Talking therapies are not useful where there has been trauma apparently. I don't know what our doctor will think. I do believe very strongly that teaching children how to recognise and manage their feelings and to be aware of other people's feelings is the right thing to do and this is what we (and the school) have done up until now and I really do feel that DC has done amazingly well.
I have made an appointment for this week.
In relation to your final paragraph, my experience of propranolol was it took away the panic and left me calm enough to see things objectively, and to think about things, and it changed the way I thought about things for my entire adult life. It also meant I was calm for those 2 months and that became my "normal". This meant whenever my feelings started to edge towards stress or anxiety I was able to recognise it quickly, and to return fairly quickly to my "normal". So for me it was very helpful. My MH has been pretty robust since then and I do put it down in part to having taken propranolol for a short time at a fairly young age (much older than 6 though!).
It is really useful to get your views and would be helpful to get other views, thank you.
Not my child but I myself took it for three years from the age of 9 for migraine.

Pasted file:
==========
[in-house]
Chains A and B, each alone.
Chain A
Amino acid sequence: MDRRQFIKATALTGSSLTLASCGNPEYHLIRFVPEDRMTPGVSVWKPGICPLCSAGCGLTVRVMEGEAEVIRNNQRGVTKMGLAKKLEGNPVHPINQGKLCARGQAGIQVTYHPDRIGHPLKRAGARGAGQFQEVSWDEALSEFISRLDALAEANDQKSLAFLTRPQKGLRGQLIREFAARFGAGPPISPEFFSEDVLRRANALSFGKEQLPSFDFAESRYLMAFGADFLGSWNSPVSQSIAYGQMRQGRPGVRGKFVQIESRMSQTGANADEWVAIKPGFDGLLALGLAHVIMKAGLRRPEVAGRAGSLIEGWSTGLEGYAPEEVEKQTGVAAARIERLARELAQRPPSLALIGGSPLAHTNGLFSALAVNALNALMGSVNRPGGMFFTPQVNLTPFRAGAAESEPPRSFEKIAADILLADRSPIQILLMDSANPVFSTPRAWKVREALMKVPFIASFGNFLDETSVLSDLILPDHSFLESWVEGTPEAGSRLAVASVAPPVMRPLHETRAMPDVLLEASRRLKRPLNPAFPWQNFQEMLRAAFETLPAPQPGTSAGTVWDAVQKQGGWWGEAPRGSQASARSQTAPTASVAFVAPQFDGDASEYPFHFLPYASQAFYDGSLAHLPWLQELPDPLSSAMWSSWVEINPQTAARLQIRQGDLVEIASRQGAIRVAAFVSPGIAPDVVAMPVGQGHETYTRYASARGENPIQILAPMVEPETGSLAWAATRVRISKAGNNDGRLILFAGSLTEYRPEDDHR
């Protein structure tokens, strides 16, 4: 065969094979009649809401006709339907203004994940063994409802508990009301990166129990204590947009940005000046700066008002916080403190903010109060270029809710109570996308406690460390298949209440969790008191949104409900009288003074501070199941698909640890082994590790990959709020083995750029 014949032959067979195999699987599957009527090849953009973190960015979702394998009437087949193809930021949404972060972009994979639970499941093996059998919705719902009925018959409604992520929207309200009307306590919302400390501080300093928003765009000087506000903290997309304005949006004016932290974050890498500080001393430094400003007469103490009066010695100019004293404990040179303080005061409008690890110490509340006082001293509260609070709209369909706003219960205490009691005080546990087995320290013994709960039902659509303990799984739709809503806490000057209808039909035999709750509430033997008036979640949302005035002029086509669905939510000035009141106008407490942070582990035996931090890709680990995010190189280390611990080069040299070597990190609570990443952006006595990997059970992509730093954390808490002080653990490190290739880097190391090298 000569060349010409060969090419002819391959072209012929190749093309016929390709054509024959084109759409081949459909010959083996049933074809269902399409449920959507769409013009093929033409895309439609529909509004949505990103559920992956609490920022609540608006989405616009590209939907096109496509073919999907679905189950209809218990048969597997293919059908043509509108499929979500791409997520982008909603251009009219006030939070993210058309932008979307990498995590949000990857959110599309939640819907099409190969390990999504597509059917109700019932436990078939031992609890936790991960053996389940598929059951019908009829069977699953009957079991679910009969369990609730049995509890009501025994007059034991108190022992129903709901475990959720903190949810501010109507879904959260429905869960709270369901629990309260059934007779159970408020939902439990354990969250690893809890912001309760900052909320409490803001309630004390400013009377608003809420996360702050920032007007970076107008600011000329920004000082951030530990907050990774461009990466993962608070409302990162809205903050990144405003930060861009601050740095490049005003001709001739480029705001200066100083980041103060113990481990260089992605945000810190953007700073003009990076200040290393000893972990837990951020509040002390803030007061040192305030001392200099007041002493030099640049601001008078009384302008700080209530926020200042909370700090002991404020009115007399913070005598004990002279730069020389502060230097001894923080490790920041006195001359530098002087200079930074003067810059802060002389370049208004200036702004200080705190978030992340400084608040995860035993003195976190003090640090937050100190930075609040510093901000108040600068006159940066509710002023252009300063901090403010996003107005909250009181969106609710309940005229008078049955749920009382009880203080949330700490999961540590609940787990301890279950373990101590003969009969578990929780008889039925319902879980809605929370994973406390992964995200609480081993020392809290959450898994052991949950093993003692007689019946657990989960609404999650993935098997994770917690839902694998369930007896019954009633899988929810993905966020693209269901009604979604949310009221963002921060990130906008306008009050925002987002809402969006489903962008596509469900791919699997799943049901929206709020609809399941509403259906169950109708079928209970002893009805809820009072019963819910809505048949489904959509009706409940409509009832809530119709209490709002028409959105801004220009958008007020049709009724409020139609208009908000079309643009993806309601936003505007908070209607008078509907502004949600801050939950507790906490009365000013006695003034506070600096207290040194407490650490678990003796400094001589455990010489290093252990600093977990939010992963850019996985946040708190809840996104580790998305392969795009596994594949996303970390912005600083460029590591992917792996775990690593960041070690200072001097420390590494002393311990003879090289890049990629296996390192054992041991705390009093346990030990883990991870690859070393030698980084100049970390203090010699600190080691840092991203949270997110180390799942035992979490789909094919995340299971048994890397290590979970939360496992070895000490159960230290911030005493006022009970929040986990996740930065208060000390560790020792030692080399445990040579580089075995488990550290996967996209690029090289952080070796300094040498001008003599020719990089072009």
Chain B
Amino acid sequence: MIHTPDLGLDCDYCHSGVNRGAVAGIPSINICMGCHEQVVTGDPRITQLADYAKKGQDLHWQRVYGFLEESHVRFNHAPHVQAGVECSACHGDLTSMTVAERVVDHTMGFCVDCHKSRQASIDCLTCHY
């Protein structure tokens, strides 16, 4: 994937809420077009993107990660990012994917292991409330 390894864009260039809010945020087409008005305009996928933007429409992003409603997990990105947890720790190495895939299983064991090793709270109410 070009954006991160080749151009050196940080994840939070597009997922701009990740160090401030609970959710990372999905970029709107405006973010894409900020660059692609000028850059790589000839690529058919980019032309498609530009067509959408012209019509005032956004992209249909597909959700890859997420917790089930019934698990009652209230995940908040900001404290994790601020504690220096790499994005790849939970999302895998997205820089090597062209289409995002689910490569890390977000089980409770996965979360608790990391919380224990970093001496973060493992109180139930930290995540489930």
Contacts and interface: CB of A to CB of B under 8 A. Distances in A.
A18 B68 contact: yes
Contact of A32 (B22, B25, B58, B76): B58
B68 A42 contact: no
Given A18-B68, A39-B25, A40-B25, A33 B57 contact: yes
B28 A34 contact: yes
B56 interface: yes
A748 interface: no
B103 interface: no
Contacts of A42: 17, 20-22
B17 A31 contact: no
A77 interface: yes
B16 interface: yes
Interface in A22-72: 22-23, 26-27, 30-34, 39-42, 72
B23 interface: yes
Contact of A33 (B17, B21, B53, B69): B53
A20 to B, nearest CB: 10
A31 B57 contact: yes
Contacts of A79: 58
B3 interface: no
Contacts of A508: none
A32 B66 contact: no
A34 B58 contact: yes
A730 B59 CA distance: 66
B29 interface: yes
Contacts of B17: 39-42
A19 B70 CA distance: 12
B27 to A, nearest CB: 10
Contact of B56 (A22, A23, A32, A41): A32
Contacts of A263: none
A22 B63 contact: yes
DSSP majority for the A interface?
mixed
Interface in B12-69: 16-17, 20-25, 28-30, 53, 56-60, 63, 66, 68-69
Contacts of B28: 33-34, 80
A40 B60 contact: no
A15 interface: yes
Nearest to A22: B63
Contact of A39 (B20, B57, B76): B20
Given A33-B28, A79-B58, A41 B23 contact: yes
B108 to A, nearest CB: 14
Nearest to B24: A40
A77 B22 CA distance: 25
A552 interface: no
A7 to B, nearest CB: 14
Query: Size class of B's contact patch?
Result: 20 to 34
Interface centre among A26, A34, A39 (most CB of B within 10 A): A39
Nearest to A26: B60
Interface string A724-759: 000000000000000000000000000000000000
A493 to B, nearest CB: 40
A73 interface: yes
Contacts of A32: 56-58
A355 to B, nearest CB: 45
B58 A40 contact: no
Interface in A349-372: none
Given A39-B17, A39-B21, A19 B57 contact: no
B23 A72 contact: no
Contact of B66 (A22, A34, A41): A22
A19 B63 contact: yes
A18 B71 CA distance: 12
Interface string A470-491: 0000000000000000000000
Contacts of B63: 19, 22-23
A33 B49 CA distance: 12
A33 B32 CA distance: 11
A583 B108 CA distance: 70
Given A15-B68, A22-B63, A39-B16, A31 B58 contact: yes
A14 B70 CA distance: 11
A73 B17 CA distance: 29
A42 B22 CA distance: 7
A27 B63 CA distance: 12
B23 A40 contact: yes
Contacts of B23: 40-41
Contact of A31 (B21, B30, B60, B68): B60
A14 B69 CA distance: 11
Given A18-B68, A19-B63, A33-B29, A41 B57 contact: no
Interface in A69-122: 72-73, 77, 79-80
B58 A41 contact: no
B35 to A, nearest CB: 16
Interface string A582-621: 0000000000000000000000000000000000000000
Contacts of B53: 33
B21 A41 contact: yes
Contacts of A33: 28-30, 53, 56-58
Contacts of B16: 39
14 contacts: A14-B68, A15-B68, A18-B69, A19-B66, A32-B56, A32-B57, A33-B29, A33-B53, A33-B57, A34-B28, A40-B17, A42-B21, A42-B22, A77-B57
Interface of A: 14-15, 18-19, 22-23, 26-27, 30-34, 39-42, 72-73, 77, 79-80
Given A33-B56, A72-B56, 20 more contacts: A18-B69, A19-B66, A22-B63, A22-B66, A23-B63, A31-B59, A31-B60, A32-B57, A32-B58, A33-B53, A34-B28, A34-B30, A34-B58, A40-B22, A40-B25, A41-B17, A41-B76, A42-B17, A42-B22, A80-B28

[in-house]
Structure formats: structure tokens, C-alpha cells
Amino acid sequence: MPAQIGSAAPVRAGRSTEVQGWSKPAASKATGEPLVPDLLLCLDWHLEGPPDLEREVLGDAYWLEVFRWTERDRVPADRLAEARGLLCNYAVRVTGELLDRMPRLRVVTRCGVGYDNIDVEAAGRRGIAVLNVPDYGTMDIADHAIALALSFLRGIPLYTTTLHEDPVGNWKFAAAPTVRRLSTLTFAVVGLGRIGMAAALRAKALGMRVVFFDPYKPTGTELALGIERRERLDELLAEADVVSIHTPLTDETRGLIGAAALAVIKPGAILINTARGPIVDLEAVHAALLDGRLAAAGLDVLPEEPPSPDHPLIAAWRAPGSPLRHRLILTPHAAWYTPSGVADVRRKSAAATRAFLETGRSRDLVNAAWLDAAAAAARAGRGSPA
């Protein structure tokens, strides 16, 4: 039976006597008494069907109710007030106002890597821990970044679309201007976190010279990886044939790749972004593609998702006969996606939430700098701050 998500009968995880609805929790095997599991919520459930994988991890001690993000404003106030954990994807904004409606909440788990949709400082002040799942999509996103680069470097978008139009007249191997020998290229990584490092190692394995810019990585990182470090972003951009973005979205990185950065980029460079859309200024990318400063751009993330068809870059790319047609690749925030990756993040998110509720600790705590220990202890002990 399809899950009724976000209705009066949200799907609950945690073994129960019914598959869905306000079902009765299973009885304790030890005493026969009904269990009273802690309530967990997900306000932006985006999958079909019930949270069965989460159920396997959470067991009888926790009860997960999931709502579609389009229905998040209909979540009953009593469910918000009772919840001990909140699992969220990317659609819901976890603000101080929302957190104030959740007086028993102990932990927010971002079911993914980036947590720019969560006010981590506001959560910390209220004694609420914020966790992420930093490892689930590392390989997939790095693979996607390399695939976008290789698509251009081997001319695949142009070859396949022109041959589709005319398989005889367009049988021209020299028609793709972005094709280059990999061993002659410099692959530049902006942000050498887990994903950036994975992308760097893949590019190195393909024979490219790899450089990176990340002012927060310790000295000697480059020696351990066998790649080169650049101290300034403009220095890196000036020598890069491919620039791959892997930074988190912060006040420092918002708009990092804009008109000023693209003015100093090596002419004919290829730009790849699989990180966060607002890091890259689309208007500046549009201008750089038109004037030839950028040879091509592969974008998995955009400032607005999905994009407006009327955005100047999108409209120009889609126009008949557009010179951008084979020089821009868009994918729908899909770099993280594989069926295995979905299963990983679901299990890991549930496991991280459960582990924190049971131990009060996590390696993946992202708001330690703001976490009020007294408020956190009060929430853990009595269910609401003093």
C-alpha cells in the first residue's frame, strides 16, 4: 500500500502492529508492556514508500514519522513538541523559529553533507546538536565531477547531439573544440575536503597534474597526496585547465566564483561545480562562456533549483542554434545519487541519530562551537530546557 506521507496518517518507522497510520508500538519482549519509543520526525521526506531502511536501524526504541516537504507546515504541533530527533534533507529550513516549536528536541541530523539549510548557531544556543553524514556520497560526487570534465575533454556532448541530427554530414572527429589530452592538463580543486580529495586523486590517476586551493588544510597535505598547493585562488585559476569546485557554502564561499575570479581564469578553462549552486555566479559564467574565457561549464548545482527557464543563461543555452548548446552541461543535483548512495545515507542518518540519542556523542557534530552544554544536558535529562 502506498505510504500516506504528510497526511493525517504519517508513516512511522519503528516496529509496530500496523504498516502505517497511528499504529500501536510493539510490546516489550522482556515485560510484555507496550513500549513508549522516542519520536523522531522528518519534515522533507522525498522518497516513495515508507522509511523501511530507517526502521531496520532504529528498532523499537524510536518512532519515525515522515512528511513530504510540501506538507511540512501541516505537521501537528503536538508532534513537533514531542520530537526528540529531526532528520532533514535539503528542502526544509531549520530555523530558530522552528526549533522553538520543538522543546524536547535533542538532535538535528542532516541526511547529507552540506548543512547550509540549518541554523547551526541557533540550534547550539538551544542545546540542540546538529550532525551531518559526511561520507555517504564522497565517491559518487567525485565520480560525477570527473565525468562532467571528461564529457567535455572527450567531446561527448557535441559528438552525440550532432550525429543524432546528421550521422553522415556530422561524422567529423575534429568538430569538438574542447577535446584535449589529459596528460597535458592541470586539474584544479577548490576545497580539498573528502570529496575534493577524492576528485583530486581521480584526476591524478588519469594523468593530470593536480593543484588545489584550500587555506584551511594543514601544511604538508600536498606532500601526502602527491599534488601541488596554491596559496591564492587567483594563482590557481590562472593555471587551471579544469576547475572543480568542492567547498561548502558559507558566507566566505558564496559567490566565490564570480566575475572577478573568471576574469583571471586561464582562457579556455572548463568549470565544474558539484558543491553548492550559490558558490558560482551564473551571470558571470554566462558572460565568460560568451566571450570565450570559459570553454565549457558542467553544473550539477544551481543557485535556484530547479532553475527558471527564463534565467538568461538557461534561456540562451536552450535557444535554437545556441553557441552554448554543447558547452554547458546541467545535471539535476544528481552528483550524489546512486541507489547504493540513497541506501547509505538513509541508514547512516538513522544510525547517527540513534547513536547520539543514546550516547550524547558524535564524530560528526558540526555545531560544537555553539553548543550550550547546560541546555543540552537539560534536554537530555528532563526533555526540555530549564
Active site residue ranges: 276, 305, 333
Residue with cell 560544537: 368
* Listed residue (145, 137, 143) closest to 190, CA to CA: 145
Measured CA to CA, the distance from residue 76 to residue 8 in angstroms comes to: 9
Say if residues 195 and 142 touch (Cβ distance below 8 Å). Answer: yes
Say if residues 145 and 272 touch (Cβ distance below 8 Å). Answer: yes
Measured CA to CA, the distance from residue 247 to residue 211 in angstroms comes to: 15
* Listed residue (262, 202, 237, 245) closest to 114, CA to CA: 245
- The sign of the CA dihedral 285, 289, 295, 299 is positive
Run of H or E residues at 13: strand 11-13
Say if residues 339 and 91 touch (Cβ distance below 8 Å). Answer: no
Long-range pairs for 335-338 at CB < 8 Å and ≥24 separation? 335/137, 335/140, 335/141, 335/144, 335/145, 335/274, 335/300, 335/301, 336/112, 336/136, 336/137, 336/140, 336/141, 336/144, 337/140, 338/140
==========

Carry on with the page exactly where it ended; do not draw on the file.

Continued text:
No ill effects.
If you're in a different country the treatment approach is likely to be different. E.g. Medications in America are used readily. We follow NICE guidance in uk. I guess discuss with the doctor and go from there.
Thank you for the advice, Blossom. We aren't in the US and I really don't know what the doctor will say. I know that he isn't pro medication generally, because we discussed it once when talking about how adhd was treated in the UK, and he passed comment at the time. We will be coming back to the UK at some point so it is useful to know how things are done in the UK too.
A referral to a Health Psychologist and trauma therapy might be useful.
Can you tell me more, youcandothis? What trauma therapy are you aware of? We have accessed everything available where we are but there isn't much. It would be useful to know what is out there.
Similar to a previous poster, one of my twins is taking this fot treatment of a haemangioma on her nose, shes 15 weeks old. She had to be admitted for the first few doses for monitoring as to whether she tolerated it but she was fine and is taking it for foreseeable future.